Many community and household level factors are associated with IPV, including poverty and other factors that contribute to the disempowerment of women. Food insecurity is an important, yet understudied, risk factor for IPV in both developed and developing countries [1,9,10]. About half of all women in the NDHS 2011 reported some level of food insecurity, with 14% of all respondents reporting severe food insecurity [11]. However, research on the association between food insecurity and IPV is a relatively new area of investigation. Most studies on the association between food insecurity and IPV have utilized convenience samples (such as those receiving public assistance) rather than population-based samples which could allow for broader generalizability [10,12,13]. Moreover, the majority of studies have focused on understanding food insecurity and IPV within higher-income countries such as the US, Canada, and United Kingdom [14,15]. One study in Brazil found that food insecurity was associated with physical IPV [16]. Specifically in Asia, a multi-country study found that food insecurity was positively associated with the perpetration of both sexual and physical violence in two of the nine countries studied (Cambodia and Papua New Guinea) [17]. Notably, no studies have examined this association in Nepal, a country with alarmingly high rates of both food insecurity and IPV.

Drawing upon the broader literature, there are a number of different pathways that may explain how food insecurity could impact women’s experiences of sexual, physical, and emotional IPV. First, women who are food insecure may be more vulnerable to abuse and likely to stay in violent partnerships for the provision of food. In Nepal, women face greater obstacles to divorce than men for many reasons including beliefs that a divorced woman is “impure” [18]. However, there is evidence to suggest that women with higher education (and by extension, higher wealth and food security) may have more egalitarian relationships [19,20] that are protective against IPV. Second, women in violent relationships may be more likely to be food insecure if perpetrators of violence also control women’s access to food [15]. In Nepal, micronutrient deficiencies in women have been attributed to their lower status in the household. Foods containing higher nutrients are often preferentially allocated to adult males and children [21]. Third, food insecurity may be related to violence through the pathway of stress and poor mental health. For example, the stress caused by hunger and having insufficient resources for food could serve as a trigger for couple conflict and violence [22,23]. Research from other settings suggests that poor nutritional status caused by food insecurity [24] contributes to mental health conditions such as depression [25] which in turn may contribute to increased marital distress and violence [26,27].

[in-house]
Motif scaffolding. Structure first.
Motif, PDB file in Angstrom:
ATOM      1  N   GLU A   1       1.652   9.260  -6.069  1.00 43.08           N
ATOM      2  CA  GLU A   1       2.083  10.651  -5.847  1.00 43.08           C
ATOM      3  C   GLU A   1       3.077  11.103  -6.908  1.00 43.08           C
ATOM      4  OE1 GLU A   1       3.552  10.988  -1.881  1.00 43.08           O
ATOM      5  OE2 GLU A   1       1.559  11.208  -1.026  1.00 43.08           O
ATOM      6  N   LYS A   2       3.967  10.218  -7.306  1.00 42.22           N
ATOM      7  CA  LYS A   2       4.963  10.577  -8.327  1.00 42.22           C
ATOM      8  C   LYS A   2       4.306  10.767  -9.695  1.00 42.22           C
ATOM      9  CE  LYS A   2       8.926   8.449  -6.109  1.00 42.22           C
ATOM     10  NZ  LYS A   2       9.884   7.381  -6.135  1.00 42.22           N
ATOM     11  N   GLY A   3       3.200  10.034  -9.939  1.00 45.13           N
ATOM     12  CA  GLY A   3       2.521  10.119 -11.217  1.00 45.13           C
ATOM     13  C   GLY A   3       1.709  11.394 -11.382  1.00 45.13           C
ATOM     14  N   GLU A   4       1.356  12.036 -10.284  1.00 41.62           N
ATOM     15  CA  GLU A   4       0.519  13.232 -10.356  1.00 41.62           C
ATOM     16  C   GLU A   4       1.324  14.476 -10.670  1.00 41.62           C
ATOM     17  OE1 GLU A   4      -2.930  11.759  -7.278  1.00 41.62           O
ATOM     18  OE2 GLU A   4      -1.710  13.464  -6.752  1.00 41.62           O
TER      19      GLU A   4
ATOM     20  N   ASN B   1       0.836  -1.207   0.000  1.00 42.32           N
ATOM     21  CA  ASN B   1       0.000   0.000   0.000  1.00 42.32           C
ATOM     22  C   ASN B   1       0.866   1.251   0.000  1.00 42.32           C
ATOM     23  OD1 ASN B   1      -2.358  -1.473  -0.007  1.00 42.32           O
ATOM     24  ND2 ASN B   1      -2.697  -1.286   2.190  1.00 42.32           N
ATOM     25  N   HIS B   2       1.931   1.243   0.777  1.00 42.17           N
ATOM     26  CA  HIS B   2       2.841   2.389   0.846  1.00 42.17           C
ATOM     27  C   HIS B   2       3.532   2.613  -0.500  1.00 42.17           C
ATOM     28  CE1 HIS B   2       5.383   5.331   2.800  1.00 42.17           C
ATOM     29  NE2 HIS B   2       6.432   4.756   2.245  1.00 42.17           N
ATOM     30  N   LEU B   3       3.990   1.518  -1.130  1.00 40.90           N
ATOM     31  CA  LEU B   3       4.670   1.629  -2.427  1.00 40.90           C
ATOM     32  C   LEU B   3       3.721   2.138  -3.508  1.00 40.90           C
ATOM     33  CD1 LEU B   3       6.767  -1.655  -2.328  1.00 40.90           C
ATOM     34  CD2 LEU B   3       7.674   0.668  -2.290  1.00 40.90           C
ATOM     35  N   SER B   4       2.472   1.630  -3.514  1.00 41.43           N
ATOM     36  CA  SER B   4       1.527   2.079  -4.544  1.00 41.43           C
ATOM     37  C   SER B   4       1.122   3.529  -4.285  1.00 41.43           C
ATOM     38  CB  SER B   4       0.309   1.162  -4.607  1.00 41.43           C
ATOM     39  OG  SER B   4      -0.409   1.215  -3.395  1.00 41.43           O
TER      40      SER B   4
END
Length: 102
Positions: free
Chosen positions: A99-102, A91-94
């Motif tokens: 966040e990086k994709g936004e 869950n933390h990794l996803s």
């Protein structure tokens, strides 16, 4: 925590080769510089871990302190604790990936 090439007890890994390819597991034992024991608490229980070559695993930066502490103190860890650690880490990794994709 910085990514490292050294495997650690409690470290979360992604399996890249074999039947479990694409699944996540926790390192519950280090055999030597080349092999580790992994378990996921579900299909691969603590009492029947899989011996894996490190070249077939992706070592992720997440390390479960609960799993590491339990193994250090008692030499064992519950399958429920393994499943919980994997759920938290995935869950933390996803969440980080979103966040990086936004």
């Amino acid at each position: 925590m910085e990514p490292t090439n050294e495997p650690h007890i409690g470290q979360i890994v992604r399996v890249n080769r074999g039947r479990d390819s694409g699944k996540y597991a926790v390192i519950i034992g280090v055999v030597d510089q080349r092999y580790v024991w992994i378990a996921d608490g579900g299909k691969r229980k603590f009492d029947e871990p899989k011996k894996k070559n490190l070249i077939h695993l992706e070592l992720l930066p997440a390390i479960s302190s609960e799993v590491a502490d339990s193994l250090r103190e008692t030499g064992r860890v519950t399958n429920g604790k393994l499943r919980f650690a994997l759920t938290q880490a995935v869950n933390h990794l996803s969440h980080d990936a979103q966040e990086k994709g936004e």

A potential confounder in this association is women’s empowerment. A wide array of individual and household-level factors associated with women’s status and empowerment have been found to increase a woman’s likelihood of experiencing IPV in Nepal. These factors include young age at marriage, low educational status of the woman and her husband, low female autonomy (often measured by decision-making), low household economic status, husband’s alcohol consumption, male dominance and controlling behaviors towards women, number of children, being of lower caste/ethnic group, and living in the Terai region of the country [6,28]. In Nepal, food insecurity may be especially related to women’s status due to the common practice of women eating after men or separate from men [29]. Additionally, lower-status women (such as women married to younger compared to older brothers) in Nepal have more limited access to household food and nutritional resources [11,30]. Given that both IPV and food access have been associated with lower household status for women, it is possible that women’s status in the household, food insecurity, and IPV may be associated in this setting. Thus, this paper contributes to furthering the understanding of this relationship using nationally-representative, population-based data from Nepal to confirm these findings. Additionally, we aim to better understand additional factors may be involved in the association between food insecurity and IPV.